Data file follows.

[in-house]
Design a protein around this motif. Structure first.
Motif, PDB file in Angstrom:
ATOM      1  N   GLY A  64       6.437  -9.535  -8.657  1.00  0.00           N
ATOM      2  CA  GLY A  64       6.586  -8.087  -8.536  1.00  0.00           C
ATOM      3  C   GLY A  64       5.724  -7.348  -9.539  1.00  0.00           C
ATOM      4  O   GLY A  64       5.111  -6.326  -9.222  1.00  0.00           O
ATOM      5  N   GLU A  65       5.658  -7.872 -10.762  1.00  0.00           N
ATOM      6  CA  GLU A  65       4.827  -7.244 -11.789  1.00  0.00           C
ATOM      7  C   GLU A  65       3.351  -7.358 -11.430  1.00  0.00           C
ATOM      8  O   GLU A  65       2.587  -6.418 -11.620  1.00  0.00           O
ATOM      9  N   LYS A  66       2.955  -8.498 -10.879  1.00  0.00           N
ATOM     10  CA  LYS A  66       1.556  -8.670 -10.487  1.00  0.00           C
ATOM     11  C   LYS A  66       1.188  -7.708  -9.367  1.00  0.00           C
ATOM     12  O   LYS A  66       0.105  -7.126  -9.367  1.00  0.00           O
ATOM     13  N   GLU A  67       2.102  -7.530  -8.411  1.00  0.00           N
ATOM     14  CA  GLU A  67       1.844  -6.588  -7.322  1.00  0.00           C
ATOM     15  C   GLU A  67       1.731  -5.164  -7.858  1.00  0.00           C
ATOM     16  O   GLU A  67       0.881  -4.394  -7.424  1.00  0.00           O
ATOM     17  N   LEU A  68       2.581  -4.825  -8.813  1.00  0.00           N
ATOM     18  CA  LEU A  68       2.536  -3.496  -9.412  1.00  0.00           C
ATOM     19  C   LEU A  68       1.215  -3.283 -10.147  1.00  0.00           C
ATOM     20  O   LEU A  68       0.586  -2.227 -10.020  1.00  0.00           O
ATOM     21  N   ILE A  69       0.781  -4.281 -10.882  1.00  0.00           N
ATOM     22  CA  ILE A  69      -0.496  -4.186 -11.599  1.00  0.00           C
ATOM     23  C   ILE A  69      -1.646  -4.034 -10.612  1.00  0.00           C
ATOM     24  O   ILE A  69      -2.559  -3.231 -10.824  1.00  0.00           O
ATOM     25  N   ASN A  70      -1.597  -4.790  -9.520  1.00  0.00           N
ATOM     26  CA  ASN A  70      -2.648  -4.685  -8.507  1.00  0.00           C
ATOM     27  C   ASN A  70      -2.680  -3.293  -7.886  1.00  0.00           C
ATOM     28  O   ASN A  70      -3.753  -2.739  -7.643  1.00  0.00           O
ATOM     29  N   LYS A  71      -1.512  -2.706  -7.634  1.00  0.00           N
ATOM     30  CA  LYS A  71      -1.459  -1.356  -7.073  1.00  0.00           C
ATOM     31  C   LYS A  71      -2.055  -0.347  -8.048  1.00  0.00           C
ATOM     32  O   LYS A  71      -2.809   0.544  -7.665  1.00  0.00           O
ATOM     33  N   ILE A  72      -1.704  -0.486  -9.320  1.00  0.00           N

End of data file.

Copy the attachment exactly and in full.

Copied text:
[in-house]
Design a protein around this motif. Structure first.
Motif, PDB file in Angstrom:
ATOM      1  N   GLY A  64       6.437  -9.535  -8.657  1.00  0.00           N
ATOM      2  CA  GLY A  64       6.586  -8.087  -8.536  1.00  0.00           C
ATOM      3  C   GLY A  64       5.724  -7.348  -9.539  1.00  0.00           C
ATOM      4  O   GLY A  64       5.111  -6.326  -9.222  1.00  0.00           O
ATOM      5  N   GLU A  65       5.658  -7.872 -10.762  1.00  0.00           N
ATOM      6  CA  GLU A  65       4.827  -7.244 -11.789  1.00  0.00           C
ATOM      7  C   GLU A  65       3.351  -7.358 -11.430  1.00  0.00           C
ATOM      8  O   GLU A  65       2.587  -6.418 -11.620  1.00  0.00           O
ATOM      9  N   LYS A  66       2.955  -8.498 -10.879  1.00  0.00           N
ATOM     10  CA  LYS A  66       1.556  -8.670 -10.487  1.00  0.00           C
ATOM     11  C   LYS A  66       1.188  -7.708  -9.367  1.00  0.00           C
ATOM     12  O   LYS A  66       0.105  -7.126  -9.367  1.00  0.00           O
ATOM     13  N   GLU A  67       2.102  -7.530  -8.411  1.00  0.00           N
ATOM     14  CA  GLU A  67       1.844  -6.588  -7.322  1.00  0.00           C
ATOM     15  C   GLU A  67       1.731  -5.164  -7.858  1.00  0.00           C
ATOM     16  O   GLU A  67       0.881  -4.394  -7.424  1.00  0.00           O
ATOM     17  N   LEU A  68       2.581  -4.825  -8.813  1.00  0.00           N
ATOM     18  CA  LEU A  68       2.536  -3.496  -9.412  1.00  0.00           C
ATOM     19  C   LEU A  68       1.215  -3.283 -10.147  1.00  0.00           C
ATOM     20  O   LEU A  68       0.586  -2.227 -10.020  1.00  0.00           O
ATOM     21  N   ILE A  69       0.781  -4.281 -10.882  1.00  0.00           N
ATOM     22  CA  ILE A  69      -0.496  -4.186 -11.599  1.00  0.00           C
ATOM     23  C   ILE A  69      -1.646  -4.034 -10.612  1.00  0.00           C
ATOM     24  O   ILE A  69      -2.559  -3.231 -10.824  1.00  0.00           O
ATOM     25  N   ASN A  70      -1.597  -4.790  -9.520  1.00  0.00           N
ATOM     26  CA  ASN A  70      -2.648  -4.685  -8.507  1.00  0.00           C
ATOM     27  C   ASN A  70      -2.680  -3.293  -7.886  1.00  0.00           C
ATOM     28  O   ASN A  70      -3.753  -2.739  -7.643  1.00  0.00           O
ATOM     29  N   LYS A  71      -1.512  -2.706  -7.634  1.00  0.00           N
ATOM     30  CA  LYS A  71      -1.459  -1.356  -7.073  1.00  0.00           C
ATOM     31  C   LYS A  71      -2.055  -0.347  -8.048  1.00  0.00           C
ATOM     32  O   LYS A  71      -2.809   0.544  -7.665  1.00  0.00           O
ATOM     33  N   ILE A  72      -1.704  -0.486  -9.320  1.00  0.00           N